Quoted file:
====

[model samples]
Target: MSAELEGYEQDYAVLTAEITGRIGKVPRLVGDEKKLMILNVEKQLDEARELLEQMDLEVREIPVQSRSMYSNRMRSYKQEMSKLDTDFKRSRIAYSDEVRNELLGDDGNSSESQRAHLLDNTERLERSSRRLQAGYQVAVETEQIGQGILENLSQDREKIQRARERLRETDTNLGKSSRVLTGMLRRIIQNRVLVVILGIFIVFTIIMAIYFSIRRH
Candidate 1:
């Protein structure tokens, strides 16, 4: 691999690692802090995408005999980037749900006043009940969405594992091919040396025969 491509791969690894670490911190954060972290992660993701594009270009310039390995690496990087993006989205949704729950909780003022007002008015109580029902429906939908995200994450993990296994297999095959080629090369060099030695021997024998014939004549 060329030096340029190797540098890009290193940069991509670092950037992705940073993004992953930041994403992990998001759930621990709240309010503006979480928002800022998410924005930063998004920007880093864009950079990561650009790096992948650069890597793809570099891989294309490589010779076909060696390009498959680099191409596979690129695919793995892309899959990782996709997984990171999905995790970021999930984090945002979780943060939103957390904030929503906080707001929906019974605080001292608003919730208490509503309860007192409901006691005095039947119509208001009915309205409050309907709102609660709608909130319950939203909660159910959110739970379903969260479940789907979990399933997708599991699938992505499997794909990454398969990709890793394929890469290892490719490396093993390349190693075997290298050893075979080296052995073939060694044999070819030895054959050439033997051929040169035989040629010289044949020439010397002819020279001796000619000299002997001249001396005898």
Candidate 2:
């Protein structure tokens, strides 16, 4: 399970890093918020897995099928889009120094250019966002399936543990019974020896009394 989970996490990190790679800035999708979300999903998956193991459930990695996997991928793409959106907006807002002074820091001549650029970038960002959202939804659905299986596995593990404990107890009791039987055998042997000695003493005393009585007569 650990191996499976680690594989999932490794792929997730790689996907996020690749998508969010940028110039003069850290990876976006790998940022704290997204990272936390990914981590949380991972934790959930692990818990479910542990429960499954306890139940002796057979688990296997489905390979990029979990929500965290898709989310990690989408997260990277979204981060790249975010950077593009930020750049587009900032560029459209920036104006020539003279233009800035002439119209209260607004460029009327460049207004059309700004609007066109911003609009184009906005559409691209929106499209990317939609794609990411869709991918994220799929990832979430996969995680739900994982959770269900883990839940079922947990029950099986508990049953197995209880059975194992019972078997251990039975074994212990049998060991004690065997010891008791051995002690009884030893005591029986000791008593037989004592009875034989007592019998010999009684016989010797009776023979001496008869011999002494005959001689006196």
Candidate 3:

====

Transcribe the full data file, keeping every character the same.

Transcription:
[model samples]
Target: MSAELEGYEQDYAVLTAEITGRIGKVPRLVGDEKKLMILNVEKQLDEARELLEQMDLEVREIPVQSRSMYSNRMRSYKQEMSKLDTDFKRSRIAYSDEVRNELLGDDGNSSESQRAHLLDNTERLERSSRRLQAGYQVAVETEQIGQGILENLSQDREKIQRARERLRETDTNLGKSSRVLTGMLRRIIQNRVLVVILGIFIVFTIIMAIYFSIRRH
Candidate 1:
């Protein structure tokens, strides 16, 4: 691999690692802090995408005999980037749900006043009940969405594992091919040396025969 491509791969690894670490911190954060972290992660993701594009270009310039390995690496990087993006989205949704729950909780003022007002008015109580029902429906939908995200994450993990296994297999095959080629090369060099030695021997024998014939004549 060329030096340029190797540098890009290193940069991509670092950037992705940073993004992953930041994403992990998001759930621990709240309010503006979480928002800022998410924005930063998004920007880093864009950079990561650009790096992948650069890597793809570099891989294309490589010779076909060696390009498959680099191409596979690129695919793995892309899959990782996709997984990171999905995790970021999930984090945002979780943060939103957390904030929503906080707001929906019974605080001292608003919730208490509503309860007192409901006691005095039947119509208001009915309205409050309907709102609660709608909130319950939203909660159910959110739970379903969260479940789907979990399933997708599991699938992505499997794909990454398969990709890793394929890469290892490719490396093993390349190693075997290298050893075979080296052995073939060694044999070819030895054959050439033997051929040169035989040629010289044949020439010397002819020279001796000619000299002997001249001396005898």
Candidate 2:
């Protein structure tokens, strides 16, 4: 399970890093918020897995099928889009120094250019966002399936543990019974020896009394 989970996490990190790679800035999708979300999903998956193991459930990695996997991928793409959106907006807002002074820091001549650029970038960002959202939804659905299986596995593990404990107890009791039987055998042997000695003493005393009585007569 650990191996499976680690594989999932490794792929997730790689996907996020690749998508969010940028110039003069850290990876976006790998940022704290997204990272936390990914981590949380991972934790959930692990818990479910542990429960499954306890139940002796057979688990296997489905390979990029979990929500965290898709989310990690989408997260990277979204981060790249975010950077593009930020750049587009900032560029459209920036104006020539003279233009800035002439119209209260607004460029009327460049207004059309700004609007066109911003609009184009906005559409691209929106499209990317939609794609990411869709991918994220799929990832979430996969995680739900994982959770269900883990839940079922947990029950099986508990049953197995209880059975194992019972078997251990039975074994212990049998060991004690065997010891008791051995002690009884030893005591029986000791008593037989004592009875034989007592019998010999009684016989010797009776023979001496008869011999002494005959001689006196």
Candidate 3: